Berlin’s history of destruction and division has filled it with visually striking architectural juxtapositions as well as made it a breeding ground for ideas in art and design exploring how to react, understand, and effectively handle these cycles of turmoil. In truth, however, Germany has been a hotspot for architecture for longer than since WWII (much longer if you credit them for contributions for Gothic architecture, though that actually originated in France and was later misattributed to Germany in an effort to degrade its cultural significance). In 1919, Walter Gropius established the Bauhaus, a school of art and design that pioneered much of modern aesthetics through careful study of color and geometry as well as a dedication to deference towards creating functional products that were well adapted to industrial mass production. The work of Gropius and his successor at the Bauhaus, Mies van der Rohe, are often cited alongside Frank Lloyd Wright as the beginnings of modern architecture, and it is here that my adventures in Berlin began – I paid a visit to the Bauhaus Archiv.
The Archiv building itself was originally designed by Gropius, although it was not planned for the plot it Berlin where it was eventually built. The design had to be modified, and one of Gropius’ colleagues was chosen for the job. Despite preserving the silhouette from the original design, critical response to the unveiling of the building was initially mixed (although reception has become more positive over time).
When I walked into the building, I thought it looked interesting, though a little inconspicuous. When I exited, I had gained a new perspective. Gropius also designed the famous Bauhaus facilities in Dessau, which housed the school from from 1925 to 1932. Gropius intentionally designed the building such that no single perspective was wholly representationally, i.e. there was no “front” of the building. Large windows admitted sunlight to all parts of the building, and an elevated walkway gave the exterior building a sense of openness. These themes seemed to me repeated in the Archiv, with natural light entering through shed roofs and the approaching walkways passing through the center of the complex. Perhaps the most important feature of both buildings, as well as those designed by Mies and other Bauhaus architects, are that they present striking figures without the use of ornamentation. High level abstract principles formed the backbone of each design (Farkas Molnár’s single family home was influenced by De Stijl and Kandinsky’s red square) in a concrete, detail-oriented way that strikes me as rare in much heavily-conceptualized art and craft.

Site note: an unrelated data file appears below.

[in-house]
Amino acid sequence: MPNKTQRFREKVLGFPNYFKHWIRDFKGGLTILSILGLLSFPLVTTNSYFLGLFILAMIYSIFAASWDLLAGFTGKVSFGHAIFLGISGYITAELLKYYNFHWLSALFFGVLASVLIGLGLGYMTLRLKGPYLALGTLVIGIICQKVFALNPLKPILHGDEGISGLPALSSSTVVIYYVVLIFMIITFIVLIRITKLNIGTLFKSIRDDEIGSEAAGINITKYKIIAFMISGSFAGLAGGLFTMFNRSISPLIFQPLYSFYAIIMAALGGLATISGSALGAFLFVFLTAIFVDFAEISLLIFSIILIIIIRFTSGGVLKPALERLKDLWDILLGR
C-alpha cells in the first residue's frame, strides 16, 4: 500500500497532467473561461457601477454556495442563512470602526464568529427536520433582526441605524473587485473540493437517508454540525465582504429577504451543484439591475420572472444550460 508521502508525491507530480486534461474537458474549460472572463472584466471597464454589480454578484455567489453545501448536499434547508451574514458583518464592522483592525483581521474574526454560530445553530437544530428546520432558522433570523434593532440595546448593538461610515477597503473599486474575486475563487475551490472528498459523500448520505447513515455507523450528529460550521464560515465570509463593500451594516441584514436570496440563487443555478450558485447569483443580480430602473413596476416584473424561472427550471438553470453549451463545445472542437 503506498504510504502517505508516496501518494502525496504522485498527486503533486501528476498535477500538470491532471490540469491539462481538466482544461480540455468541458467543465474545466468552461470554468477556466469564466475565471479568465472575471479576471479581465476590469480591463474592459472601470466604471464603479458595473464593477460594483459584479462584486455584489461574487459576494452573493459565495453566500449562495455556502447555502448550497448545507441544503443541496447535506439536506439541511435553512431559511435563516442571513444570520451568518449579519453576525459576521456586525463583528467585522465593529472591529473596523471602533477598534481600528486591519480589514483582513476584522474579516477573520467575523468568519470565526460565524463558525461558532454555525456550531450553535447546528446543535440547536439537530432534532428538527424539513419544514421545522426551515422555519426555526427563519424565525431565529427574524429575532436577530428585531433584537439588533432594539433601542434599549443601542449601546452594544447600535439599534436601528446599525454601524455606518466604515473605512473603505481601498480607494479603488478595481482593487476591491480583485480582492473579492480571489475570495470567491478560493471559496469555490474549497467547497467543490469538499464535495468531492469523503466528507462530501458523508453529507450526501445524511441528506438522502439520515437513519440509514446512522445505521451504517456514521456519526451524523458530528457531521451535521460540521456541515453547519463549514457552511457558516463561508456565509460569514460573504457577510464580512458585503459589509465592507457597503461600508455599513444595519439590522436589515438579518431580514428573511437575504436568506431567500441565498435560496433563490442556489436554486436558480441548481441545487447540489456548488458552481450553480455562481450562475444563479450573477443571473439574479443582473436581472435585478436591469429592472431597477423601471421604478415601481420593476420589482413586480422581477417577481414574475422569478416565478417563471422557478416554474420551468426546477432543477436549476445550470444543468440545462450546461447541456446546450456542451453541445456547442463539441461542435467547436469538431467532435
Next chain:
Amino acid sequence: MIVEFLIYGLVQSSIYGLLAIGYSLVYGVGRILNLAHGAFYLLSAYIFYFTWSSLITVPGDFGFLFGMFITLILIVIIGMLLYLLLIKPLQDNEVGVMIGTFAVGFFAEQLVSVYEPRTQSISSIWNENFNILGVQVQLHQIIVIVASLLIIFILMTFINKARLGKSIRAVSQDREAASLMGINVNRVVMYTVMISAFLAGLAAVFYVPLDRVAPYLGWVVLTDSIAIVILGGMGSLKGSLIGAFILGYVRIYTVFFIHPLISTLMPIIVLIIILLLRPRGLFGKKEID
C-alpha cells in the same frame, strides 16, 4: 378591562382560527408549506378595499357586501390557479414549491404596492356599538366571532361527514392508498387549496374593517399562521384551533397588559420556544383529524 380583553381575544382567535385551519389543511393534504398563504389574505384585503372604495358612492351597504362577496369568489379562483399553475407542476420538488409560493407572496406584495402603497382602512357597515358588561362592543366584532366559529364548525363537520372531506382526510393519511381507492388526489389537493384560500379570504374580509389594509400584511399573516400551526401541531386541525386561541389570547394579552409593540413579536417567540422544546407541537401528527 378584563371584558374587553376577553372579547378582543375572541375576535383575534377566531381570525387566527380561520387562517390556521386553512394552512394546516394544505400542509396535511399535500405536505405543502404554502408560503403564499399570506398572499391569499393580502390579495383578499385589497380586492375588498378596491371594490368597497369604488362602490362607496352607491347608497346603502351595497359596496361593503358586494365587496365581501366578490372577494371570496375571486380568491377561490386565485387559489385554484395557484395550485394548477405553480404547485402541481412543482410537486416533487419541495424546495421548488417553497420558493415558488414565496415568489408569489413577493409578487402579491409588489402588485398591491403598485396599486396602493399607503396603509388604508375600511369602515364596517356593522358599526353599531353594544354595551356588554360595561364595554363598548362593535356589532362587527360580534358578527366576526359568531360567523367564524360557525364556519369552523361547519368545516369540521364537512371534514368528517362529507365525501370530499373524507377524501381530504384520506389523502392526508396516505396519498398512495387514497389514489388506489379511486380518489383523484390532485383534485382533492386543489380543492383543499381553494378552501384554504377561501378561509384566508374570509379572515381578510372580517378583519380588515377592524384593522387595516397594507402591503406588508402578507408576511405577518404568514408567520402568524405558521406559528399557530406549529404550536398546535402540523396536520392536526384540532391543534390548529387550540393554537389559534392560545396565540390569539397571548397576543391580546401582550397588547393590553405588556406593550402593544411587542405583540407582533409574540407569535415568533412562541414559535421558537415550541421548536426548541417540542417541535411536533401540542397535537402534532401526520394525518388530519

The Archiv was also filled with posters, furniture, and textiles designed by Bauhaus students and masters as well as several “pure” art pieces. Though the audio tour was wont to get pretty speculative in its interpretations of some pieces (mostly overanalyzing symbolism in the art and some of the more unusual furniture), it also provided excellent insight into the history and context of design shifts in fabrics as a new director of textiles put more emphasis on industrially methods or the impact of WWI on Bauhaus architecture. It became clear just how much influence the Bauhaus has had on the modern day, even in cases when their designs never materialized, as with the skyscraper Mies designed to be built near Friedrichstraße station (this is what stands there now).
Mies did eventually contribute a building to Berlin. One of the other museums I visited was the Neue Nationalgalerie. The building is reminiscent in concept of the more famous Louvre, boasting a spectacular entranceway separated from the collection of works, though it predates the Louvre’s pyramids by over two decades. Mies intended the light filled lobby to house special exhibitions of large works, while the permanent collection would reside underground.
The museum is currently running an exhibition entitled “Extension of the combat zone,” which dedicated a significant portion of the space to art exploring political strife in Berlin in the last several decades. Several of the works explicitly addressed the destruction, division, reunification, and reconstruction of the city, lampooning the political symbolism of the Berlin Wall or simply carefully documenting the violence and destruction that continued as radical Berliners tried to free themselves of occupying powers.
This is not to discount those parts of the city that have managed to be preserved through the tumult of the last century. Walking through Tiergarten past the Brandenburger Tor and Museuminsel to Alexandplatz, one encounters an astonishing density of beautiful museums, churches, and monuments in gothic and classical styles. As a visitor from not just a foreign country, but a much younger country, it’s easy to become overwhelmed by the equally dense history of such a city.
More to come on Berlin soon.